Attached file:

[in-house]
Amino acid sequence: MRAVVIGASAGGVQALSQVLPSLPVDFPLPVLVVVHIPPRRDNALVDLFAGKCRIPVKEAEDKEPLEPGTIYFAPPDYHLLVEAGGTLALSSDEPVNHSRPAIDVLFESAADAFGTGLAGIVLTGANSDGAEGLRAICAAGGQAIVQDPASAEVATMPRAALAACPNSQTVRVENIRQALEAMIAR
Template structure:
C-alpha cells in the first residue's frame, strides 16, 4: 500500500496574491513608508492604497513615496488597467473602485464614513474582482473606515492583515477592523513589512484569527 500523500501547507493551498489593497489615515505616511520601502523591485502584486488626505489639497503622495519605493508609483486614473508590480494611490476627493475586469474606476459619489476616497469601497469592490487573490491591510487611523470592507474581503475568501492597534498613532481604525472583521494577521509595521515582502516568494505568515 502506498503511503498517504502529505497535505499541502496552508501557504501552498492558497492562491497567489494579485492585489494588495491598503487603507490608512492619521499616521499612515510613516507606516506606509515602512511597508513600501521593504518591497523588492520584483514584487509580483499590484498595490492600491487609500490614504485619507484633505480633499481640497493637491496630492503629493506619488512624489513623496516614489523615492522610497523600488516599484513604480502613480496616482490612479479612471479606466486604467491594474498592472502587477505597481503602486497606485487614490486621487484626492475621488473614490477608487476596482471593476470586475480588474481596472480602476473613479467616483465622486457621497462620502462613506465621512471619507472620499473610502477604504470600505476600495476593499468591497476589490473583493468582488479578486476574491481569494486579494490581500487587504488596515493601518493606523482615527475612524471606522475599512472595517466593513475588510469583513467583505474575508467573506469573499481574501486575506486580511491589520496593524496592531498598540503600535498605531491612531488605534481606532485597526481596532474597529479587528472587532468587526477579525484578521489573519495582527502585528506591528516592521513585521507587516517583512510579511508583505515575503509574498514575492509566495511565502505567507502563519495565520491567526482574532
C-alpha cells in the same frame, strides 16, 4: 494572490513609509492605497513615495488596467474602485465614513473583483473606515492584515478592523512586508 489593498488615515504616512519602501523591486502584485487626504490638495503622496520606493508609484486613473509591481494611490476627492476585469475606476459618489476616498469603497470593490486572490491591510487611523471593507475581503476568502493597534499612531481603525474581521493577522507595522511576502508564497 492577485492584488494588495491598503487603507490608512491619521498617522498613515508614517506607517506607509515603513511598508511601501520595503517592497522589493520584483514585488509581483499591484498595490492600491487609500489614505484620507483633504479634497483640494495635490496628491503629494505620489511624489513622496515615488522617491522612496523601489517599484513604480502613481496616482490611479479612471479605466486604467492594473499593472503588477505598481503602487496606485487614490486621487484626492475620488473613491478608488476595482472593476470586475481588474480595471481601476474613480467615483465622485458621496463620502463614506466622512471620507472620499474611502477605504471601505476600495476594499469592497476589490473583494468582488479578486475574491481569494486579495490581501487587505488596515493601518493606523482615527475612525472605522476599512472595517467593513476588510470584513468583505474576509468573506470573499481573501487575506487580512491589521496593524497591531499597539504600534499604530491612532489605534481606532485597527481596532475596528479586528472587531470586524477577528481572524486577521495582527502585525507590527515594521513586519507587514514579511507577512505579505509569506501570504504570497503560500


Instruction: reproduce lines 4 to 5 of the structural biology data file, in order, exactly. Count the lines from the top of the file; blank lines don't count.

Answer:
C-alpha cells in the first residue's frame, strides 16, 4: 500500500496574491513608508492604497513615496488597467473602485464614513474582482473606515492583515477592523513589512484569527 500523500501547507493551498489593497489615515505616511520601502523591485502584486488626505489639497503622495519605493508609483486614473508590480494611490476627493475586469474606476459619489476616497469601497469592490487573490491591510487611523470592507474581503475568501492597534498613532481604525472583521494577521509595521515582502516568494505568515 502506498503511503498517504502529505497535505499541502496552508501557504501552498492558497492562491497567489494579485492585489494588495491598503487603507490608512492619521499616521499612515510613516507606516506606509515602512511597508513600501521593504518591497523588492520584483514584487509580483499590484498595490492600491487609500490614504485619507484633505480633499481640497493637491496630492503629493506619488512624489513623496516614489523615492522610497523600488516599484513604480502613480496616482490612479479612471479606466486604467491594474498592472502587477505597481503602486497606485487614490486621487484626492475621488473614490477608487476596482471593476470586475480588474481596472480602476473613479467616483465622486457621497462620502462613506465621512471619507472620499473610502477604504470600505476600495476593499468591497476589490473583493468582488479578486476574491481569494486579494490581500487587504488596515493601518493606523482615527475612524471606522475599512472595517466593513475588510469583513467583505474575508467573506469573499481574501486575506486580511491589520496593524496592531498598540503600535498605531491612531488605534481606532485597526481596532474597529479587528472587532468587526477579525484578521489573519495582527502585528506591528516592521513585521507587516517583512510579511508583505515575503509574498514575492509566495511565502505567507502563519495565520491567526482574532
C-alpha cells in the same frame, strides 16, 4: 494572490513609509492605497513615495488596467474602485465614513473583483473606515492584515478592523512586508 489593498488615515504616512519602501523591486502584485487626504490638495503622496520606493508609484486613473509591481494611490476627492476585469475606476459618489476616498469603497470593490486572490491591510487611523471593507475581503476568502493597534499612531481603525474581521493577522507595522511576502508564497 492577485492584488494588495491598503487603507490608512491619521498617522498613515508614517506607517506607509515603513511598508511601501520595503517592497522589493520584483514585488509581483499591484498595490492600491487609500489614505484620507483633504479634497483640494495635490496628491503629494505620489511624489513622496515615488522617491522612496523601489517599484513604480502613481496616482490611479479612471479605466486604467492594473499593472503588477505598481503602487496606485487614490486621487484626492475620488473613491478608488476595482472593476470586475481588474480595471481601476474613480467615483465622485458621496463620502463614506466622512471620507472620499474611502477605504471601505476600495476594499469592497476589490473583494468582488479578486475574491481569494486579495490581501487587505488596515493601518493606523482615527475612525472605522476599512472595517467593513476588510470584513468583505474576509468573506470573499481573501487575506487580512491589521496593524497591531499597539504600534499604530491612532489605534481606532485597527481596532475596528479586528472587531470586524477577528481572524486577521495582527502585525507590527515594521513586519507587514514579511507577512505579505509569506501570504504570497503560500